Parashat Ki Tavo (Deuteronomy 26:1-29:8)
By Joey Glick | Sep 02, 2020
A few weeks ago, I came across a song written in quarantine by my friend Adah Hetko:
My world is my block
my apartment’s my country
my state is my bedroom
my bed is my body
My country’s full of frying butter
of frying butter, my country’s full
Hearing Adah’s song was a revelation. I have struggled to connect with much of the art and writing created in the COVID era; so much of it either feels marred by saccharine positivity (COVID has taught me to slow down!) or despair (COVID has taught me that all is lost!). In listening to Adah’s song, I realized my need to find spaces of hope between these poles of baseless optimism and apocalyptic sorrow, a tiny country filled with that holy and delicious smell of frying butter.
This week, my search brought me to the Book of Deuteronomy, to the banks of the Jordan looking towards the hills of the promised land. In Ki Tavo, this week’s Torah reading, Israel receives instructions for erecting an altar and marker stones on one of these hills. In a final detail about the alter, Moses instructs (Deuteronomy 27:8):
וְכָתַבְתָּ֣ עַל־הָאֲבָנִ֗ים אֶֽת־כָּל־דִּבְרֵ֛י הַתּוֹרָ֥ה הַזֹּ֖את בַּאֵ֥ר הֵיטֵֽב׃
You shall write upon stones all the words of the Torah, clearly expounded.
The final two words of this verse have sparked the interest of commentators. What does it mean to “בַּאֵר הֵיטֵב” — to “clearly expound” the words of the Torah? Rashi provides a strange answer: “באר היטב. בְּשִׁבְעִים לָשׁוֹן” — “clearly expound in seventy languages.”
These seventy languages seem to reflect a rabbinic understanding that there exists seventy distinct human nations with seventy different languages. Rashi is informed here by a midrash that takes us all the way to the beginning of the Bible. Midrash Tanchumah asks why the Torah references Adam giving “שמות/names” rather than a singular “שם/name” as he names the animals. The midrash’s answer: Adam did not give an animal a single name, but rather named the animal in the seventy languages of the world. (Midrash Tanchuma, Devarim 2)
Rashi and the midrash present a powerful theory of language. Israel’s sharing of Torah and Adam’s naming of the animals gain their power by casting a wide linguistic net, providing language that is accessible to the entire world. In a beautiful essay on the seventy languages, Rabbi David Kasher summarizes these sources: “There is no one holy tongue, but instead a primordial, cacophonous babble.” The power to explain, to teach, to transform, to name emerges from this multi-lingual cacophony.
When I first encountered these sources through Rabbi Kasher’s article, I wondered whether the seventy languages might help me to enter and navigate the country of hope which I seek. Indeed, it was easy to generate examples of hope being translated into scientific innovation, movements for racial and economic justice, new ways of spiritual and creative expression, environmental restoration . . . . Our times seem to be bursting with inspiration and heroics. However, these languages of hope felt somehow distant: the problems and proposed solutions too great to grasp; the injustices and the fights too weighty.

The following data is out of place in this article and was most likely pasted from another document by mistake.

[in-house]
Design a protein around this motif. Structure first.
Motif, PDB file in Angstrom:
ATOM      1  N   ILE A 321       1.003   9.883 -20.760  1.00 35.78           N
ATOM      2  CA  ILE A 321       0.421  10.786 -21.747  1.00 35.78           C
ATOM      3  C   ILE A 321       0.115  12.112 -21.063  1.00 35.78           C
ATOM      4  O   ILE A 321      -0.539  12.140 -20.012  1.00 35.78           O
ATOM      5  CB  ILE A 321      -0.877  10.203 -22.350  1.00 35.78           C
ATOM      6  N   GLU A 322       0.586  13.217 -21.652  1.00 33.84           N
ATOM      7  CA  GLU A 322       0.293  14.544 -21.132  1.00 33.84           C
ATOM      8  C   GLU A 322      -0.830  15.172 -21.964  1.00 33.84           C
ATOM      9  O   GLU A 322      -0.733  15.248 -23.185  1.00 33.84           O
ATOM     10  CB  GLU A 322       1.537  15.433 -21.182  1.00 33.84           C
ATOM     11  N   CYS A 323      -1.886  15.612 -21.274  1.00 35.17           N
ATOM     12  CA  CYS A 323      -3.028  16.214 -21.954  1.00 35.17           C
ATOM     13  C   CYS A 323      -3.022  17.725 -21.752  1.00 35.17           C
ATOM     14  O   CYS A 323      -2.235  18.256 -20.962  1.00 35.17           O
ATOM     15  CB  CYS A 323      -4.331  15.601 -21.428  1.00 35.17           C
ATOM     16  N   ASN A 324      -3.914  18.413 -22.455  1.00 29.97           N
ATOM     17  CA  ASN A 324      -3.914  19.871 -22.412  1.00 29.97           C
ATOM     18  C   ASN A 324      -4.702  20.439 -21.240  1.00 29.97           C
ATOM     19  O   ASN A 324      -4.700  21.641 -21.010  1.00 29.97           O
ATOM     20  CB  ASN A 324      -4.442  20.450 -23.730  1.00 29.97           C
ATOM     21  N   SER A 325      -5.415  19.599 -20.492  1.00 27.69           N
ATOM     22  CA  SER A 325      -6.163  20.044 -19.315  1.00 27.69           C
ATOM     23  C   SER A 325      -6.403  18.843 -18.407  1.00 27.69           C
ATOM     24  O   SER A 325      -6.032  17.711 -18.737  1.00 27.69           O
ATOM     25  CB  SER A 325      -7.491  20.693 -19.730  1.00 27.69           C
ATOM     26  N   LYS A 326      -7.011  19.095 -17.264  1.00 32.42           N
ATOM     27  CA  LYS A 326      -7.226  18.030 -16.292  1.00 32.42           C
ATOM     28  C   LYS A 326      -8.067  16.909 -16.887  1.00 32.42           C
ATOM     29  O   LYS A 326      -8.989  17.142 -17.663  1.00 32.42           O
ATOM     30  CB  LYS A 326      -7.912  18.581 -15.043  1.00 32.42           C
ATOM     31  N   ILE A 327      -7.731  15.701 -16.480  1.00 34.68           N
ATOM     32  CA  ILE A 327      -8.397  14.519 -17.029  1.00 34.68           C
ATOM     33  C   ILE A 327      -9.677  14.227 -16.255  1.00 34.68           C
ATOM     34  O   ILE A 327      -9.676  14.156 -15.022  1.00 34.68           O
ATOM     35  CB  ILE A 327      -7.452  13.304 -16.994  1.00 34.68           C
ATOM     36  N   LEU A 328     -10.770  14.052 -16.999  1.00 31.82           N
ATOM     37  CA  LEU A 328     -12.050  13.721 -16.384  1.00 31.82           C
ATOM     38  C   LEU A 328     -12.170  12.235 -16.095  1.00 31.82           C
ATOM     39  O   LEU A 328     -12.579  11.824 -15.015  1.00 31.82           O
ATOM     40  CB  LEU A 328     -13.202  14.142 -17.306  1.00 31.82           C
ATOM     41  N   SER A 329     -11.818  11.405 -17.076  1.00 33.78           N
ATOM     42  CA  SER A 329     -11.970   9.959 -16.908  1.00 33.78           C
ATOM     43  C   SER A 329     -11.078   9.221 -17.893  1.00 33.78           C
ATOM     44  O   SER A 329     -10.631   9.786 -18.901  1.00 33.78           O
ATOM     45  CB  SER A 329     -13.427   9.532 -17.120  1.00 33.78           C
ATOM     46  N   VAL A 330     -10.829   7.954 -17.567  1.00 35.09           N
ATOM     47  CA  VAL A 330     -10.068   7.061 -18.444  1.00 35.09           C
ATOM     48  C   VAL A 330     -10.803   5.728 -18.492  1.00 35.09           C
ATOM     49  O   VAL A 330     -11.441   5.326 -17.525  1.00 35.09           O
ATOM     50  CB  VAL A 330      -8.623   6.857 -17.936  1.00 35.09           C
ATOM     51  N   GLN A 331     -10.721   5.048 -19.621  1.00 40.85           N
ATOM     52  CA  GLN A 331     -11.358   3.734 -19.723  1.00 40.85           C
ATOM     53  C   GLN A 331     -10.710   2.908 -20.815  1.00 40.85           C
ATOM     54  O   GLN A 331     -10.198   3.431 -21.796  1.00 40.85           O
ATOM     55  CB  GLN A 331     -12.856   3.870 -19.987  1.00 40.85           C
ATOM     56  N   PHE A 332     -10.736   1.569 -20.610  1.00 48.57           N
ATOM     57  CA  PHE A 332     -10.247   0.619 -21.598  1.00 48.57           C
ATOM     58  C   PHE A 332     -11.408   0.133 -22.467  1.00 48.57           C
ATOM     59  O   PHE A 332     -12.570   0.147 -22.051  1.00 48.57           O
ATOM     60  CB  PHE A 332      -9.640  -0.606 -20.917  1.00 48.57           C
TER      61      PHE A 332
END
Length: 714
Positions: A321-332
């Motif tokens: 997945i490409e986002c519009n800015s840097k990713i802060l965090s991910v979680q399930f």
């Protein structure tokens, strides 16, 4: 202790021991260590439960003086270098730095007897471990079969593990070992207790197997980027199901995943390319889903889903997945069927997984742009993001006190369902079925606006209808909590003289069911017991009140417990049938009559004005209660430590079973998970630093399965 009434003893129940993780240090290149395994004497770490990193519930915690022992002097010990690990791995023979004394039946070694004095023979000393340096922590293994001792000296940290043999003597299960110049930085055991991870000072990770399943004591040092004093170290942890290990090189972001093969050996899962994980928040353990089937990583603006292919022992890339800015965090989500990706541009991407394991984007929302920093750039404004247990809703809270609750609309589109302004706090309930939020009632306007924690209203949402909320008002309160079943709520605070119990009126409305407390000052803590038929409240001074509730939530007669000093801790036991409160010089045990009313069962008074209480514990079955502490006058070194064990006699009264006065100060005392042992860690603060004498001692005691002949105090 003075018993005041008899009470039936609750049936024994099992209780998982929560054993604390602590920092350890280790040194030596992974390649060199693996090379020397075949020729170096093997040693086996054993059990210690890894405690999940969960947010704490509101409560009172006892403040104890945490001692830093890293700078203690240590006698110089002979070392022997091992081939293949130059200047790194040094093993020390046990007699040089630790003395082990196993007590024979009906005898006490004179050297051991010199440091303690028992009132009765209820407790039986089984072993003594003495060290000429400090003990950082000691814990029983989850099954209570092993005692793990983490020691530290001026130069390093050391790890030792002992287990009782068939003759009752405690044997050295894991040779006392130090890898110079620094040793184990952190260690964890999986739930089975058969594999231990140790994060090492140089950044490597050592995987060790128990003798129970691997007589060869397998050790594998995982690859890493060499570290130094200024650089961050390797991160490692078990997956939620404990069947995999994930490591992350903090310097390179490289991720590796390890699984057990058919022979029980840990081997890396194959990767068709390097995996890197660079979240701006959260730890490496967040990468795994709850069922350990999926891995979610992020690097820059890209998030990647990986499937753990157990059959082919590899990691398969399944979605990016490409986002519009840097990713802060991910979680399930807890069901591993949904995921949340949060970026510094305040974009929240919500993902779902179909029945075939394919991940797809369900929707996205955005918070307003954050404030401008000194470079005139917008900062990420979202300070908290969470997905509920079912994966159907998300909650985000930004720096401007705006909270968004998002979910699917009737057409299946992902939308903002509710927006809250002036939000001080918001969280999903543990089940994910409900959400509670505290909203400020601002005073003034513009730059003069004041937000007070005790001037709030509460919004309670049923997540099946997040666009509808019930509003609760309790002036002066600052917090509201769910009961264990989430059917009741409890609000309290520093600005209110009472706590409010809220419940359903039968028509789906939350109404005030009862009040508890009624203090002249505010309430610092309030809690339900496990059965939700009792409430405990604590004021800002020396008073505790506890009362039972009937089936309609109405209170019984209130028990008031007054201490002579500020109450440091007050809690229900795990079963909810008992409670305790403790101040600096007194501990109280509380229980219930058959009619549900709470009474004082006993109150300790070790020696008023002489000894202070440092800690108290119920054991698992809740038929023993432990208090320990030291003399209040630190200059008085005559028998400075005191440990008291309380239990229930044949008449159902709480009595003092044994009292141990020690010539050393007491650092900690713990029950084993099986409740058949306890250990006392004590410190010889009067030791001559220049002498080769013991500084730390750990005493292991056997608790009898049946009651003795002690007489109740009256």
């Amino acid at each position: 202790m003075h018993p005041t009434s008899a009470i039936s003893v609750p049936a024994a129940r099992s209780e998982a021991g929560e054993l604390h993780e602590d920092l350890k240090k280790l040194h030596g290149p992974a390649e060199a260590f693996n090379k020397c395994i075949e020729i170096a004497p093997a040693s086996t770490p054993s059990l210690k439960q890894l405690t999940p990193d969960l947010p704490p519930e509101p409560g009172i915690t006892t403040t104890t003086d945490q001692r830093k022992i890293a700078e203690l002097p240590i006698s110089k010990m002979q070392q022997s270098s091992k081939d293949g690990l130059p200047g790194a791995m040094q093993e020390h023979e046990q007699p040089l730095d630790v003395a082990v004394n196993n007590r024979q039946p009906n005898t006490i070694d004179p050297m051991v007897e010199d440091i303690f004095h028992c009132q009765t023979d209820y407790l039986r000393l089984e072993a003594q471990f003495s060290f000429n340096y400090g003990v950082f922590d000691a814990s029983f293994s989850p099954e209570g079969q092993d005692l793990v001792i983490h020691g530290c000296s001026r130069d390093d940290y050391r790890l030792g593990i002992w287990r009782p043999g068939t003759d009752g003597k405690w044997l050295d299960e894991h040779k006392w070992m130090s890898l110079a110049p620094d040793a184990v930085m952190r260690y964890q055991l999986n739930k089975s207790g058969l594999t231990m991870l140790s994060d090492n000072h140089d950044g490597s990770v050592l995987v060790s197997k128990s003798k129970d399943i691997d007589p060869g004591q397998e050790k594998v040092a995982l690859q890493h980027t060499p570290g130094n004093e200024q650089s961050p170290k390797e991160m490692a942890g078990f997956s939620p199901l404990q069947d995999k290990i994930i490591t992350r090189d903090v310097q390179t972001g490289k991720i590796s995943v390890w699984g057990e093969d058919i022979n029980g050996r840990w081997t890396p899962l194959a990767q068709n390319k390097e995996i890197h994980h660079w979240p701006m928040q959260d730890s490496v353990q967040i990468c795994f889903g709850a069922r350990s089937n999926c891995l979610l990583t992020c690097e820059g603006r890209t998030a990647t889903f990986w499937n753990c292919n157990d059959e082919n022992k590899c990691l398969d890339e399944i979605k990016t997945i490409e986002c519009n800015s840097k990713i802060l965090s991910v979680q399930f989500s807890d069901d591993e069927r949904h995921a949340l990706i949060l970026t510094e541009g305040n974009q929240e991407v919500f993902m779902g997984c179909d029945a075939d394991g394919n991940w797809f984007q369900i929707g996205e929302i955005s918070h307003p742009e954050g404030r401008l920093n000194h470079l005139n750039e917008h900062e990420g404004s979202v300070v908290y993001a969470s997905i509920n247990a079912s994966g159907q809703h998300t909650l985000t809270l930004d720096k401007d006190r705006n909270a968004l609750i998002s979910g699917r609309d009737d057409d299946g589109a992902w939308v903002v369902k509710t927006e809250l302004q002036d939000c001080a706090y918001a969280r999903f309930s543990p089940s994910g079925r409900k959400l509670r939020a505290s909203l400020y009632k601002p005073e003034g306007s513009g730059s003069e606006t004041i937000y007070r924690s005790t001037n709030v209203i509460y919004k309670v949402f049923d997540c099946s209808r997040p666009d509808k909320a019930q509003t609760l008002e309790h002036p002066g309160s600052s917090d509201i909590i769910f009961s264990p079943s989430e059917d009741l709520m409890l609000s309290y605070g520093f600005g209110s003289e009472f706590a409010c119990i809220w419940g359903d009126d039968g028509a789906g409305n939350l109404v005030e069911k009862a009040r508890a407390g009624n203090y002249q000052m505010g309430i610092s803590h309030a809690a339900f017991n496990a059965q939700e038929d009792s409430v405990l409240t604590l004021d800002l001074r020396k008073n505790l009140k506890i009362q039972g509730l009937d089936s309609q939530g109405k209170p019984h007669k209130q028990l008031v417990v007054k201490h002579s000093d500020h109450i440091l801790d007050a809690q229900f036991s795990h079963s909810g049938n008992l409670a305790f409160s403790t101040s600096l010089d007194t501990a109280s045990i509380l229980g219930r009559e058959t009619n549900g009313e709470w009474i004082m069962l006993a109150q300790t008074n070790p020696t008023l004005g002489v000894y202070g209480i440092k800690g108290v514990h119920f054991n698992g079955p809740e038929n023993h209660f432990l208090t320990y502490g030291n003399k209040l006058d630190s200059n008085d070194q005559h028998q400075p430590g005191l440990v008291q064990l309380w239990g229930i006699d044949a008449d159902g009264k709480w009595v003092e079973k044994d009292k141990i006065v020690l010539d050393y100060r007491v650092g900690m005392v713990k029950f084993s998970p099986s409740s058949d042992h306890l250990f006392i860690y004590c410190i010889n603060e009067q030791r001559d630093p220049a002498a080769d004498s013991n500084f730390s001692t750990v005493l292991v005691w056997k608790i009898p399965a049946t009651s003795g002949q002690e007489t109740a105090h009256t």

Daunted by the scope of these inspirations, I was reminded of another linguistic theory of power. In her marvelous novel, A Wizard of Earthsea, Ursula K. Le Guin describes the “Language of the Making,” a primordial language with which the world was created and with which a wizard can transform that world. In Le Guin’s concept of language and magic, there is one word in the “Language of the Making” for sea, but that word has very little power to move the sea’s water. The word for a specific cove has a little more power, the word for specific inlet even more. Each inch of the ocean has its own name. Le Guin’s wizard protagonist learns from a teacher of magic, “a [magician] can control only what is near [them], what [they] can name exactly and wholly.”
As I reread Earthsea, I found myself bringing Le Guin’s magic into Israel’s Torah and Adam’s naming. Perhaps when Israel elucidates the Torah, it is not in seventy tongues, but in seventy successively smaller iterations, in each telling becoming more specific, more loving, more nuanced. Perhaps Adam did not name each animal in seventy tongues, but rather seventy times, naming from family to genus to species, to the individual creature before him. The power of these teachings and these namings come not in width, but in depth, not in accessibility but intimacy. We can name, hope, and hold only what we truly know.
I find myself longing for hope that is not an ocean of inspiration, but is a tiny inlet of delight. To this end, I am moved by the activism of my neighbor Andrew, organizing our block around local police accountability. I am moved by the slow growth of the succulent on my partner Adele’s desk, the first plant she has ever kept alive. I am moved by the thunderstorm ending a heat wave outside my window. These movements and moments bring me life not only and not primarily because they pertain better and bigger things to come. Rather, they embody small hopes in the present tense. In neighbors organizing, in sustaining life, in the air of a storm, in all these tiny countries, I smell the rightness of frying butter.
Joey Glick is a rabbinical student at Hebrew College in Newton Centre, MA.